No matter what jet airplane you want to start, be it a modern F35 or an everyday Boeing 737, the main process is the same. You’ll first have to start the jet engine. And it’s not like how you would start a car. It’s not just a push button that does all the job. The main unit that does the job is known as a jet engine air starter. But the air starter is not working alone, the system also needs an auxiliary power unit, commonly known as an APU. The air starter must also be properly maintained, and you should only use high-quality air start unit parts when doing any repair work.
There are a lot of technical aspects behind the jet engine starter procedure, but we will try to explain the basics in this short article. Let’s start:
As mentioned above, airplanes don’t have a key to start the engine. The system is a little more complex, but it is safe and effective. When the pilots and the flight attendants arrive at the airplane, it is already powered up. However, the power is not coming from the engines, as they are not working. The electricity used to power the aircraft comes from ground equipment specifically designed to power up the aircraft while on the ground. The power comes from a generator or from an auxiliary power unit. The power is used to operate the aircraft’s maintenance equipment (for instance, the power required while you clean the interior).
When the crew is finally ready to start the engines, the aircraft receives power from a small engine and a generator located in the tail of the aircraft. This powers the airplane’s systems that help it get ready for departure. This small engine also provides the power required to start the jet engines. This is quite similar to how small cars are started – a small electrical motor is used to start the gas or diesel engine in your car. The same can be done for jet engines, but large jet airplanes use a high-pressure jet engine air starter to do the job. These units are very complex and you should always use high-quality air start unit parts when doing maintenance work.
When compared to propeller aircraft, jet aircraft are a lot easier to start. The process is quite simple and straightforward, as long as you have the right equipment. It all comes down to lots of high-pressure air, some jet fuel and… you are good to go. The tough part, though, is getting enough compressed air.
But Why Is Compressed Air So Important?
This question cannot be answered without first explaining how a jet engine works. These incredible machines basically run on air – they suck in tremendous amounts of air, squeeze it, burn it and blow it out. The engine sucks the air through its main intake, sends it through the fan and then reaches the compression area. On the other hand, a turboprop engine works by letting the airflow along with the engine. The jet engine takes it in, compresses it and then blows it out.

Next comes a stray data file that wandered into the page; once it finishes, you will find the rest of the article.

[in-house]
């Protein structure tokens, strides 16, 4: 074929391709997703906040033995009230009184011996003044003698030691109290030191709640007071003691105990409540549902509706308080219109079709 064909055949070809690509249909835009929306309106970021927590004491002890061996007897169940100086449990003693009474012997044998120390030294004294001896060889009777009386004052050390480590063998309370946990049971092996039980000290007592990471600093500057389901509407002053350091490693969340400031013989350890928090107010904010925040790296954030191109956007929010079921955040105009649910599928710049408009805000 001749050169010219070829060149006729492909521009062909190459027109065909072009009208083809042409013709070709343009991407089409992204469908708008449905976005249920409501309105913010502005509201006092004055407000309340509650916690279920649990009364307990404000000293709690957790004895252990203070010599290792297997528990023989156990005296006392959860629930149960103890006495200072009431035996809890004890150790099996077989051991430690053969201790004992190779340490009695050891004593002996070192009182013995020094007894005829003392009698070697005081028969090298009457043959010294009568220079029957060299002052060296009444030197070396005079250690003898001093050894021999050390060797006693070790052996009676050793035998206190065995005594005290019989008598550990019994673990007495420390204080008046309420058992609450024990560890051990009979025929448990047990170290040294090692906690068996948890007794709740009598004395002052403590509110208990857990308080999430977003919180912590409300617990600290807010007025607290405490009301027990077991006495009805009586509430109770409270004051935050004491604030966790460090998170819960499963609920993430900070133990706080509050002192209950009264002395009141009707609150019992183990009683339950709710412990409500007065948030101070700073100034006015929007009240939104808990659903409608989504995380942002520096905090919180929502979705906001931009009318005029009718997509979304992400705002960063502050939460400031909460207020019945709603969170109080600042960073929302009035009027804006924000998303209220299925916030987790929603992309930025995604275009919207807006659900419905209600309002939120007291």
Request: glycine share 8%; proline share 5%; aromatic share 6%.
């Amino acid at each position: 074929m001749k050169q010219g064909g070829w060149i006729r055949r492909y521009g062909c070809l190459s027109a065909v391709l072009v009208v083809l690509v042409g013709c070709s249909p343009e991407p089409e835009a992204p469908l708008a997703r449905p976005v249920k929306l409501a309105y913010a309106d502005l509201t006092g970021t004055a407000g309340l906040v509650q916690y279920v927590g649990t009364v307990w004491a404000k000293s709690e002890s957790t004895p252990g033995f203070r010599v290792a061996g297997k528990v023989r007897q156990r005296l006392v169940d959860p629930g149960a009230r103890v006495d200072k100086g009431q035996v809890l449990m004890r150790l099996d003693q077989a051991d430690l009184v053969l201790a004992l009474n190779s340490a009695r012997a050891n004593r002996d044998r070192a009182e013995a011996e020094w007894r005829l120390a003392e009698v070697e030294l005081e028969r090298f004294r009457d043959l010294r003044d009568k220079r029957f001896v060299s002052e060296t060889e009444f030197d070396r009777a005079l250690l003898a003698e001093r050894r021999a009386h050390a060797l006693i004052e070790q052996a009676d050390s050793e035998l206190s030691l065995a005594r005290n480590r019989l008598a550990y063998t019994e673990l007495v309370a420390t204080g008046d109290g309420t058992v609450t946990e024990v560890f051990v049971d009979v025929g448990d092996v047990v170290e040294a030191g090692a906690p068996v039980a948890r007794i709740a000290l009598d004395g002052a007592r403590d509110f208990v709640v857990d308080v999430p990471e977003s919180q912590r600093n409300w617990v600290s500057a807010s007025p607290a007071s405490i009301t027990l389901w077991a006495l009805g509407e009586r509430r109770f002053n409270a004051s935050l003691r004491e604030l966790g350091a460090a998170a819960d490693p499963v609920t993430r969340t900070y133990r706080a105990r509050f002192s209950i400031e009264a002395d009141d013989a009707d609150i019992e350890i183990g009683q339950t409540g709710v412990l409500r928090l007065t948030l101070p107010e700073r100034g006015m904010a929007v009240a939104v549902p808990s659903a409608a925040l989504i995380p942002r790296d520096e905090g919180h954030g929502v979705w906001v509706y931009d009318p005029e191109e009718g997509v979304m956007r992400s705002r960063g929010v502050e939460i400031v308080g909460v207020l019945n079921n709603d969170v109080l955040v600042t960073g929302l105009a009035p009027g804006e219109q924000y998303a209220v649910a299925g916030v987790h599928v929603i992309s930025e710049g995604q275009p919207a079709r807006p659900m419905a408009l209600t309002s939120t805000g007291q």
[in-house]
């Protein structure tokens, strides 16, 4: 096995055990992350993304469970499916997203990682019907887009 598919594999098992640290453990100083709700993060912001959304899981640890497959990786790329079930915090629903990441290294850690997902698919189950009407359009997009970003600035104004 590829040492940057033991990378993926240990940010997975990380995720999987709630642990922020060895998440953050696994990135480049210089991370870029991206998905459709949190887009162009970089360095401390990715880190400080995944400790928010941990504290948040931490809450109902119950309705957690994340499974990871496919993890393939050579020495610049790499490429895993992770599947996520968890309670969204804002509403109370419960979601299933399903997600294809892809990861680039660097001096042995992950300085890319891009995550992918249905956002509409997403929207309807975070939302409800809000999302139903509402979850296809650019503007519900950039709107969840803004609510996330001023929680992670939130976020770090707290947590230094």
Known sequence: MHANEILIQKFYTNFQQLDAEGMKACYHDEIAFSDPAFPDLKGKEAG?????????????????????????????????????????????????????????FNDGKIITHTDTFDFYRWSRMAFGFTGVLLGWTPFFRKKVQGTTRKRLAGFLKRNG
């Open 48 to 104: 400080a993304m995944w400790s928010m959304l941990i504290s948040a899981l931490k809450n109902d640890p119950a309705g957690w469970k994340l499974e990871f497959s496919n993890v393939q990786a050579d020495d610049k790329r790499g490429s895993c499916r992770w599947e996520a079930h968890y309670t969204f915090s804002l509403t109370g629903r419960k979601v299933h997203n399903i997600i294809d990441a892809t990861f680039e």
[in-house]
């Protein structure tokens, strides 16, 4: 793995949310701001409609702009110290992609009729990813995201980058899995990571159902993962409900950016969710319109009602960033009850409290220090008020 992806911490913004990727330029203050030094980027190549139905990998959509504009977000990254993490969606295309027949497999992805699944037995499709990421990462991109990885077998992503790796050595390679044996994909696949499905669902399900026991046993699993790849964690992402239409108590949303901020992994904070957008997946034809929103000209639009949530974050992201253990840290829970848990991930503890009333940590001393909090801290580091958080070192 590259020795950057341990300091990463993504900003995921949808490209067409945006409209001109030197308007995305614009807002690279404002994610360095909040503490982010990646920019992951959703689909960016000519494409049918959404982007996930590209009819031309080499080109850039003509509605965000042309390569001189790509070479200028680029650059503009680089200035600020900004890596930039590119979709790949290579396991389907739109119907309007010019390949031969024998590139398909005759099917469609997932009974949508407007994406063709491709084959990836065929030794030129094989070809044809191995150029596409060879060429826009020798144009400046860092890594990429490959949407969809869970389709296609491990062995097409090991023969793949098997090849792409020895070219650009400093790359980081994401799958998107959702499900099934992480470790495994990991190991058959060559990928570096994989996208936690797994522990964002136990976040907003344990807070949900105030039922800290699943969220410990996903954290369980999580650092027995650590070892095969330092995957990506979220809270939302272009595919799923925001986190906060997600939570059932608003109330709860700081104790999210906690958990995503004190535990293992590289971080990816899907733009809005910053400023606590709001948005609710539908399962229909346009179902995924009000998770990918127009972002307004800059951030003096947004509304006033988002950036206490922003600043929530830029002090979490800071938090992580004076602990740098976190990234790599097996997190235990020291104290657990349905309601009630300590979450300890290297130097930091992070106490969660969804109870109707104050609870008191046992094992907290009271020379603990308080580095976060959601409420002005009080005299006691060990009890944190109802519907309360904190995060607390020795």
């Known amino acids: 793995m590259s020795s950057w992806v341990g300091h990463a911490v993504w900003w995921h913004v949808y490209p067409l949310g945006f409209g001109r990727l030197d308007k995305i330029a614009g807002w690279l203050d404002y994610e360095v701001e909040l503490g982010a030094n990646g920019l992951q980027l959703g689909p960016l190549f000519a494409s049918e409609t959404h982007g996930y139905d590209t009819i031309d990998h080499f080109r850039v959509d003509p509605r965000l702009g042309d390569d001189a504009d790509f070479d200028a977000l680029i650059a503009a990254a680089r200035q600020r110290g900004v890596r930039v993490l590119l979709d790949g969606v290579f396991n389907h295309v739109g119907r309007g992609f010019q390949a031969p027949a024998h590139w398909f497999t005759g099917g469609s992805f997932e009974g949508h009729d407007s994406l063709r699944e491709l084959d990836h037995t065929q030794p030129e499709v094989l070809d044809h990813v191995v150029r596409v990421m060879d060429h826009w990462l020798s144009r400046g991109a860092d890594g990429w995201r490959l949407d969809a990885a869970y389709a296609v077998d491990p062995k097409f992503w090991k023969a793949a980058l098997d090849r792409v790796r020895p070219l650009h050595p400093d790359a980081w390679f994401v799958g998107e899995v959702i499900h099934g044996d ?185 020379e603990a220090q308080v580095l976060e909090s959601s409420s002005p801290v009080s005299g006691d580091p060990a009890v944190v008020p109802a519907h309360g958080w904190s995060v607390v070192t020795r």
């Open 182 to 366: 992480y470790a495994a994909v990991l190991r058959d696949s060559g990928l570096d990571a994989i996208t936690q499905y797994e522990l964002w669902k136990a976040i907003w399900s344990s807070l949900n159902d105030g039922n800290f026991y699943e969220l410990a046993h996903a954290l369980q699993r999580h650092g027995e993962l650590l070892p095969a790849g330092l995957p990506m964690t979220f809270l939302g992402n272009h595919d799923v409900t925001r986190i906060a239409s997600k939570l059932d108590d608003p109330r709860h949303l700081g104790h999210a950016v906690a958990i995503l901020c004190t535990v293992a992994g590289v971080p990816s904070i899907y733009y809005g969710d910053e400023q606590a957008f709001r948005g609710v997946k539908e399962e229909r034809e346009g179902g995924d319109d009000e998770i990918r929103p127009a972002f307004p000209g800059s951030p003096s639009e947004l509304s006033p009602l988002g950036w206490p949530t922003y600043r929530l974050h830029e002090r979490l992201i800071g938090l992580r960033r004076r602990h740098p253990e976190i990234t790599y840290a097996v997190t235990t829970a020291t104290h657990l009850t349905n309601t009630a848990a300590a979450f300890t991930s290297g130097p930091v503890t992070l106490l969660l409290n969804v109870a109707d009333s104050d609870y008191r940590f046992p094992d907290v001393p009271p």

The compression mechanism works in multiple stages, passing through an average of 14 rows, or stages, of compressor blades. After the air passes through these stages, it is very hot and gets out as highly compressed air. This air passes through a diffuser, which helps it cool and slow down. After this process, it goes to the combustion chamber, where it’s mixed with fuel and burned. Normally, the mixture of fuel and air burns constantly, unlike common, reciprocating engines. The engine does not work on a series of explosions, it burns constantly, similarly to a furnace. During the burning phase, the air heats up, expanding tremendously. This air is forced out in multiple stages, creating thrust.
Starting a jet engine now sounds quite simple, right? You just get enough compressed air to start the whole process… Well, this is the difficult part. During the start sequence, the core of the engine needs to spin at about 15 percent of its maximum speed before the igniters start. If the maximum speed is 16,000 rpm, you will need to reach about 2,200 rpm. It’s impossible to reach this number manually, so you will need a good jet engine air starter to do the job successfully. Then, the core needs to reach about 29 percent of maximum rpm, which is about 4,500 rpm – this is the spot where the engine produces the fuel and air mixture. This entire process requires a lot of condensed air.
So Where Does All This Compressed Air Come From?
For civilian airplanes, the source of compressed air comes from the built-in APU. This unit is located in the tail of the engine and can power up the aircraft’s engines. However, if this unit doesn’t work properly you will need an external jet starter. The unit is also called an air start unit and is used to power up the engines when normal systems don’t work. Jet engine starters are common pieces of equipment at airports. Every airline must have several units in order to avoid issues when powering up their aircraft. Air starters must be properly maintained in order to avoid technical issues and only quality air start unit parts should be used when doing repair work.
There’s another way to start the aircraft engine. This method is used when all other systems fail – the internal starter and the air start unit. This method does work and is reliable, but you will need to have an already running jet engine. The idea behind this method is simple: turbine engines bleed off a lot of air which can be used for other engines. This compressed air can be routed from one engine to another. You will need special hoses and equipment in order to do this, but it does work and can be effective when other methods fail.
Hopefully, now you understand the importance of compressed air in starting a jet engine. Jet engines serve as another example of masterful engineering, so next time you’re on a plane flying through the air, consider how simple and innovative this process is.